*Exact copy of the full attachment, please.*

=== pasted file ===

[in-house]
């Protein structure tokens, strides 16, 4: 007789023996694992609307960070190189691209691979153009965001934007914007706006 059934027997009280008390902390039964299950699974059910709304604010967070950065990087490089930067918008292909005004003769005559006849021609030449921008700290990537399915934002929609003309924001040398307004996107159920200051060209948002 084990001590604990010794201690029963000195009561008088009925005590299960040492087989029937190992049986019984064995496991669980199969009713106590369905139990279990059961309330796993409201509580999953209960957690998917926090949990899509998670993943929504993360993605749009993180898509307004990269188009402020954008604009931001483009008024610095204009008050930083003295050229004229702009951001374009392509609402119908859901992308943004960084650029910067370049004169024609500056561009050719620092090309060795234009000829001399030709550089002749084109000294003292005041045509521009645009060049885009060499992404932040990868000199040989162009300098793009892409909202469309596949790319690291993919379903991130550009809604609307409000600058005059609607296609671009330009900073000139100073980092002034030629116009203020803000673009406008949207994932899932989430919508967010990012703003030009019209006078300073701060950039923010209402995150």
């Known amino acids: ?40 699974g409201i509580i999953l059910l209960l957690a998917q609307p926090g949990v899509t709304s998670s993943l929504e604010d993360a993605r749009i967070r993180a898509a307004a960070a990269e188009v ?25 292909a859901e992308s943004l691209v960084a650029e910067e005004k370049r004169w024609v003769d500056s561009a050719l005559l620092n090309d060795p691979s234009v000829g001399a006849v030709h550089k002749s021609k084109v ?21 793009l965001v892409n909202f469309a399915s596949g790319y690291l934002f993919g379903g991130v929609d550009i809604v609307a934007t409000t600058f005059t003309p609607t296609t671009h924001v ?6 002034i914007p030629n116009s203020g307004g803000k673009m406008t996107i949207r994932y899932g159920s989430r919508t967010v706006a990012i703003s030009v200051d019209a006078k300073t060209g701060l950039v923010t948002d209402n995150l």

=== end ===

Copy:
[in-house]
């Protein structure tokens, strides 16, 4: 007789023996694992609307960070190189691209691979153009965001934007914007706006 059934027997009280008390902390039964299950699974059910709304604010967070950065990087490089930067918008292909005004003769005559006849021609030449921008700290990537399915934002929609003309924001040398307004996107159920200051060209948002 084990001590604990010794201690029963000195009561008088009925005590299960040492087989029937190992049986019984064995496991669980199969009713106590369905139990279990059961309330796993409201509580999953209960957690998917926090949990899509998670993943929504993360993605749009993180898509307004990269188009402020954008604009931001483009008024610095204009008050930083003295050229004229702009951001374009392509609402119908859901992308943004960084650029910067370049004169024609500056561009050719620092090309060795234009000829001399030709550089002749084109000294003292005041045509521009645009060049885009060499992404932040990868000199040989162009300098793009892409909202469309596949790319690291993919379903991130550009809604609307409000600058005059609607296609671009330009900073000139100073980092002034030629116009203020803000673009406008949207994932899932989430919508967010990012703003030009019209006078300073701060950039923010209402995150």
């Known amino acids: ?40 699974g409201i509580i999953l059910l209960l957690a998917q609307p926090g949990v899509t709304s998670s993943l929504e604010d993360a993605r749009i967070r993180a898509a307004a960070a990269e188009v ?25 292909a859901e992308s943004l691209v960084a650029e910067e005004k370049r004169w024609v003769d500056s561009a050719l005559l620092n090309d060795p691979s234009v000829g001399a006849v030709h550089k002749s021609k084109v ?21 793009l965001v892409n909202f469309a399915s596949g790319y690291l934002f993919g379903g991130v929609d550009i809604v609307a934007t409000t600058f005059t003309p609607t296609t671009h924001v ?6 002034i914007p030629n116009s203020g307004g803000k673009m406008t996107i949207r994932y899932g159920s989430r919508t967010v706006a990012i703003s030009v200051d019209a006078k300073t060209g701060l950039v923010t948002d209402n995150l």